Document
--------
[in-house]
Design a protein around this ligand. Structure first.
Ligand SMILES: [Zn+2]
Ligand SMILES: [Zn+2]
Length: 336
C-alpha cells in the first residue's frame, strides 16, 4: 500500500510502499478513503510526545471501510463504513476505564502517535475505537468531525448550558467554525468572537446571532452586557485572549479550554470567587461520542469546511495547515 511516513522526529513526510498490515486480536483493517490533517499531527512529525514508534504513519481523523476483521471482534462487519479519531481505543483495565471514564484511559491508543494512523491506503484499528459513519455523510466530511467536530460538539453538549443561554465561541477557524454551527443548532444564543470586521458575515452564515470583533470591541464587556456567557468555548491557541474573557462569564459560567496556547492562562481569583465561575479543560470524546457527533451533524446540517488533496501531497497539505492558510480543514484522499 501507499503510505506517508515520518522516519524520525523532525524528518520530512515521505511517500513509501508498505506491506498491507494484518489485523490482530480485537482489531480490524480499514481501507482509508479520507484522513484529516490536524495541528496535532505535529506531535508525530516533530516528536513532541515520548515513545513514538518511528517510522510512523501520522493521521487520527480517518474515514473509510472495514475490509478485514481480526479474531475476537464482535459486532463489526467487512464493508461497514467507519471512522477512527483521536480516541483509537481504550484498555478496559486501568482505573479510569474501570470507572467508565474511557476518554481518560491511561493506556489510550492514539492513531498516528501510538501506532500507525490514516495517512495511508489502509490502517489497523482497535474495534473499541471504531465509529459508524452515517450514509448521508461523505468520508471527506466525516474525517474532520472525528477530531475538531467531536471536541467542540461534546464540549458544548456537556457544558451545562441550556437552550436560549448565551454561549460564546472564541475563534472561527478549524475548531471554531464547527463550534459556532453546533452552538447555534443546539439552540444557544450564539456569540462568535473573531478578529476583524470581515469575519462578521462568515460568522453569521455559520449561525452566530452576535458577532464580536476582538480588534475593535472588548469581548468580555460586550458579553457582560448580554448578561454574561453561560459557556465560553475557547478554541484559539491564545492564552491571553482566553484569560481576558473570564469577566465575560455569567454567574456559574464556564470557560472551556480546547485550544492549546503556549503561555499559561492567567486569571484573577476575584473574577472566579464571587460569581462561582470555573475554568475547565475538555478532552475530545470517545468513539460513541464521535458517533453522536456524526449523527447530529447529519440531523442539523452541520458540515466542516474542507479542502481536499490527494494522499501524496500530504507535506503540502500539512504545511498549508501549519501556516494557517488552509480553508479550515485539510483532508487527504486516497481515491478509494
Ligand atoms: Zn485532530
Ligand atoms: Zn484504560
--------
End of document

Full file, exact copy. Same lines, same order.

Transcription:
[in-house]
Design a protein around this ligand. Structure first.
Ligand SMILES: [Zn+2]
Ligand SMILES: [Zn+2]
Length: 336
C-alpha cells in the first residue's frame, strides 16, 4: 500500500510502499478513503510526545471501510463504513476505564502517535475505537468531525448550558467554525468572537446571532452586557485572549479550554470567587461520542469546511495547515 511516513522526529513526510498490515486480536483493517490533517499531527512529525514508534504513519481523523476483521471482534462487519479519531481505543483495565471514564484511559491508543494512523491506503484499528459513519455523510466530511467536530460538539453538549443561554465561541477557524454551527443548532444564543470586521458575515452564515470583533470591541464587556456567557468555548491557541474573557462569564459560567496556547492562562481569583465561575479543560470524546457527533451533524446540517488533496501531497497539505492558510480543514484522499 501507499503510505506517508515520518522516519524520525523532525524528518520530512515521505511517500513509501508498505506491506498491507494484518489485523490482530480485537482489531480490524480499514481501507482509508479520507484522513484529516490536524495541528496535532505535529506531535508525530516533530516528536513532541515520548515513545513514538518511528517510522510512523501520522493521521487520527480517518474515514473509510472495514475490509478485514481480526479474531475476537464482535459486532463489526467487512464493508461497514467507519471512522477512527483521536480516541483509537481504550484498555478496559486501568482505573479510569474501570470507572467508565474511557476518554481518560491511561493506556489510550492514539492513531498516528501510538501506532500507525490514516495517512495511508489502509490502517489497523482497535474495534473499541471504531465509529459508524452515517450514509448521508461523505468520508471527506466525516474525517474532520472525528477530531475538531467531536471536541467542540461534546464540549458544548456537556457544558451545562441550556437552550436560549448565551454561549460564546472564541475563534472561527478549524475548531471554531464547527463550534459556532453546533452552538447555534443546539439552540444557544450564539456569540462568535473573531478578529476583524470581515469575519462578521462568515460568522453569521455559520449561525452566530452576535458577532464580536476582538480588534475593535472588548469581548468580555460586550458579553457582560448580554448578561454574561453561560459557556465560553475557547478554541484559539491564545492564552491571553482566553484569560481576558473570564469577566465575560455569567454567574456559574464556564470557560472551556480546547485550544492549546503556549503561555499559561492567567486569571484573577476575584473574577472566579464571587460569581462561582470555573475554568475547565475538555478532552475530545470517545468513539460513541464521535458517533453522536456524526449523527447530529447529519440531523442539523452541520458540515466542516474542507479542502481536499490527494494522499501524496500530504507535506503540502500539512504545511498549508501549519501556516494557517488552509480553508479550515485539510483532508487527504486516497481515491478509494
Ligand atoms: Zn485532530
Ligand atoms: Zn484504560